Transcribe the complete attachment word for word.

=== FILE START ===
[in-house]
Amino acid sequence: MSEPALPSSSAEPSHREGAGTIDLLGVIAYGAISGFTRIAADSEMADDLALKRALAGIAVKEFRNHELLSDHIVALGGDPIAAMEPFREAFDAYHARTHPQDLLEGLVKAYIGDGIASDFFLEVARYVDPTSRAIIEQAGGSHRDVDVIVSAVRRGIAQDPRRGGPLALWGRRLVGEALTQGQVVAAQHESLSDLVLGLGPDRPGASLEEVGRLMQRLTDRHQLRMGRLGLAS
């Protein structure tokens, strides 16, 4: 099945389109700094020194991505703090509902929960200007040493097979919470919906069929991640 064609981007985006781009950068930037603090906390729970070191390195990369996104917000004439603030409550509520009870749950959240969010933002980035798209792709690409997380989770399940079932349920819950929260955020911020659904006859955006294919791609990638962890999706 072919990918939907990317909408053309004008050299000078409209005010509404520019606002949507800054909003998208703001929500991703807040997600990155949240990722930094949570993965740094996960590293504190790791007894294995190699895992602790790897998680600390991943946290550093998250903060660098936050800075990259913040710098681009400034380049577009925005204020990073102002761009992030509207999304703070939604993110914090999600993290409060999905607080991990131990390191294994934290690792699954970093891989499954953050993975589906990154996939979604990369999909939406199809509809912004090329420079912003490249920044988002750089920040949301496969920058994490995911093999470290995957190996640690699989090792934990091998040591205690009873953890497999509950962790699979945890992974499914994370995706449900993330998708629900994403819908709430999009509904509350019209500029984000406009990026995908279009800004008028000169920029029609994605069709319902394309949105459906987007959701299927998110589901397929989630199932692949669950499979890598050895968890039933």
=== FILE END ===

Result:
[in-house]
Amino acid sequence: MSEPALPSSSAEPSHREGAGTIDLLGVIAYGAISGFTRIAADSEMADDLALKRALAGIAVKEFRNHELLSDHIVALGGDPIAAMEPFREAFDAYHARTHPQDLLEGLVKAYIGDGIASDFFLEVARYVDPTSRAIIEQAGGSHRDVDVIVSAVRRGIAQDPRRGGPLALWGRRLVGEALTQGQVVAAQHESLSDLVLGLGPDRPGASLEEVGRLMQRLTDRHQLRMGRLGLAS
């Protein structure tokens, strides 16, 4: 099945389109700094020194991505703090509902929960200007040493097979919470919906069929991640 064609981007985006781009950068930037603090906390729970070191390195990369996104917000004439603030409550509520009870749950959240969010933002980035798209792709690409997380989770399940079932349920819950929260955020911020659904006859955006294919791609990638962890999706 072919990918939907990317909408053309004008050299000078409209005010509404520019606002949507800054909003998208703001929500991703807040997600990155949240990722930094949570993965740094996960590293504190790791007894294995190699895992602790790897998680600390991943946290550093998250903060660098936050800075990259913040710098681009400034380049577009925005204020990073102002761009992030509207999304703070939604993110914090999600993290409060999905607080991990131990390191294994934290690792699954970093891989499954953050993975589906990154996939979604990369999909939406199809509809912004090329420079912003490249920044988002750089920040949301496969920058994490995911093999470290995957190996640690699989090792934990091998040591205690009873953890497999509950962790699979945890992974499914994370995706449900993330998708629900994403819908709430999009509904509350019209500029984000406009990026995908279009800004008028000169920029029609994605069709319902394309949105459906987007959701299927998110589901397929989630199932692949669950499979890598050895968890039933």